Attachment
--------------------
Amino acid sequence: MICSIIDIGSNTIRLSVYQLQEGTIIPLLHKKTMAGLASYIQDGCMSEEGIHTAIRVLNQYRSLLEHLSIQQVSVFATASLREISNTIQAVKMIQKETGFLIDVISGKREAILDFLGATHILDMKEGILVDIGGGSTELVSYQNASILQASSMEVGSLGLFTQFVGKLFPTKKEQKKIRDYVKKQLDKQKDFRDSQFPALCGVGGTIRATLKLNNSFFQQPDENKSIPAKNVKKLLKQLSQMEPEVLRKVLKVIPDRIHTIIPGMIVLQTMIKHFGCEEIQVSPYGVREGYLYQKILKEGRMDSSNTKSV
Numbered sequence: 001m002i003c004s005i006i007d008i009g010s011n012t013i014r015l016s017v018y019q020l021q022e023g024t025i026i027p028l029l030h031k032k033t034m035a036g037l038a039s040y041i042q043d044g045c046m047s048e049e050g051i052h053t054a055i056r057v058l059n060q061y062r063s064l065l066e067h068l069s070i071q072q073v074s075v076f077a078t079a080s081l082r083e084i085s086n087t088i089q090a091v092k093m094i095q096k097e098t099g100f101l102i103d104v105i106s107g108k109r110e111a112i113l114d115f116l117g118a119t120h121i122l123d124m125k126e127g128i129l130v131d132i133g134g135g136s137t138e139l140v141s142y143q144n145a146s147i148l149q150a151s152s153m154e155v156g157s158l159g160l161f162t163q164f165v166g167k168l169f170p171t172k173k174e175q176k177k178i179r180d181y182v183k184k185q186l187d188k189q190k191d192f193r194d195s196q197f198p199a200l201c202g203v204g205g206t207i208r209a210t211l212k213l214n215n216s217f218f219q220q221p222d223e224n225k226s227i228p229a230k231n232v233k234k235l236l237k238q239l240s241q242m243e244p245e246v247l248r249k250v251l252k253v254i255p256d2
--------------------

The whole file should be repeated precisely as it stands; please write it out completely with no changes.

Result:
Amino acid sequence: MICSIIDIGSNTIRLSVYQLQEGTIIPLLHKKTMAGLASYIQDGCMSEEGIHTAIRVLNQYRSLLEHLSIQQVSVFATASLREISNTIQAVKMIQKETGFLIDVISGKREAILDFLGATHILDMKEGILVDIGGGSTELVSYQNASILQASSMEVGSLGLFTQFVGKLFPTKKEQKKIRDYVKKQLDKQKDFRDSQFPALCGVGGTIRATLKLNNSFFQQPDENKSIPAKNVKKLLKQLSQMEPEVLRKVLKVIPDRIHTIIPGMIVLQTMIKHFGCEEIQVSPYGVREGYLYQKILKEGRMDSSNTKSV
Numbered sequence: 001m002i003c004s005i006i007d008i009g010s011n012t013i014r015l016s017v018y019q020l021q022e023g024t025i026i027p028l029l030h031k032k033t034m035a036g037l038a039s040y041i042q043d044g045c046m047s048e049e050g051i052h053t054a055i056r057v058l059n060q061y062r063s064l065l066e067h068l069s070i071q072q073v074s075v076f077a078t079a080s081l082r083e084i085s086n087t088i089q090a091v092k093m094i095q096k097e098t099g100f101l102i103d104v105i106s107g108k109r110e111a112i113l114d115f116l117g118a119t120h121i122l123d124m125k126e127g128i129l130v131d132i133g134g135g136s137t138e139l140v141s142y143q144n145a146s147i148l149q150a151s152s153m154e155v156g157s158l159g160l161f162t163q164f165v166g167k168l169f170p171t172k173k174e175q176k177k178i179r180d181y182v183k184k185q186l187d188k189q190k191d192f193r194d195s196q197f198p199a200l201c202g203v204g205g206t207i208r209a210t211l212k213l214n215n216s217f218f219q220q221p222d223e224n225k226s227i228p229a230k231n232v233k234k235l236l237k238q239l240s241q242m243e244p245e246v247l248r249k250v251l252k253v254i255p256d2